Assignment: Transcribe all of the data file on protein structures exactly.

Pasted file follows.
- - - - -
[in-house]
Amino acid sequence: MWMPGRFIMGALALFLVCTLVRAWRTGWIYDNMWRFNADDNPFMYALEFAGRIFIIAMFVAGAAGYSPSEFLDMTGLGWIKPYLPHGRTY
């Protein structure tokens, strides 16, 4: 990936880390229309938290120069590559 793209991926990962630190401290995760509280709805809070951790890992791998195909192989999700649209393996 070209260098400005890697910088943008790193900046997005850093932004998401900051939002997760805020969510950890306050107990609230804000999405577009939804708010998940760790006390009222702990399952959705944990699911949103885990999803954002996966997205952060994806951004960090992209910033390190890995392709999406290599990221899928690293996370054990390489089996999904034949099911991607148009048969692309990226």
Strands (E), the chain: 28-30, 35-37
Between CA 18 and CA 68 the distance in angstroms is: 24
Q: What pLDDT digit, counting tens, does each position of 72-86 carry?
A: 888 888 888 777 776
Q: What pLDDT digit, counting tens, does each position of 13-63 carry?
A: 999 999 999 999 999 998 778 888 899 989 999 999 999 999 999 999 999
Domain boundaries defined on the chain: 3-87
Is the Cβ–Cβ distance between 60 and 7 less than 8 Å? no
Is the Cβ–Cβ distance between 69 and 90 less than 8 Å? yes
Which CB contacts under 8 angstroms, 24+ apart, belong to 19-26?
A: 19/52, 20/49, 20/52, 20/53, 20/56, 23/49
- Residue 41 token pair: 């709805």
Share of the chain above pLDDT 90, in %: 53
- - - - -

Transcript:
[in-house]
Amino acid sequence: MWMPGRFIMGALALFLVCTLVRAWRTGWIYDNMWRFNADDNPFMYALEFAGRIFIIAMFVAGAAGYSPSEFLDMTGLGWIKPYLPHGRTY
């Protein structure tokens, strides 16, 4: 990936880390229309938290120069590559 793209991926990962630190401290995760509280709805809070951790890992791998195909192989999700649209393996 070209260098400005890697910088943008790193900046997005850093932004998401900051939002997760805020969510950890306050107990609230804000999405577009939804708010998940760790006390009222702990399952959705944990699911949103885990999803954002996966997205952060994806951004960090992209910033390190890995392709999406290599990221899928690293996370054990390489089996999904034949099911991607148009048969692309990226």
Strands (E), the chain: 28-30, 35-37
Between CA 18 and CA 68 the distance in angstroms is: 24
Q: What pLDDT digit, counting tens, does each position of 72-86 carry?
A: 888 888 888 777 776
Q: What pLDDT digit, counting tens, does each position of 13-63 carry?
A: 999 999 999 999 999 998 778 888 899 989 999 999 999 999 999 999 999
Domain boundaries defined on the chain: 3-87
Is the Cβ–Cβ distance between 60 and 7 less than 8 Å? no
Is the Cβ–Cβ distance between 69 and 90 less than 8 Å? yes
Which CB contacts under 8 angstroms, 24+ apart, belong to 19-26?
A: 19/52, 20/49, 20/52, 20/53, 20/56, 23/49
- Residue 41 token pair: 């709805």
Share of the chain above pLDDT 90, in %: 53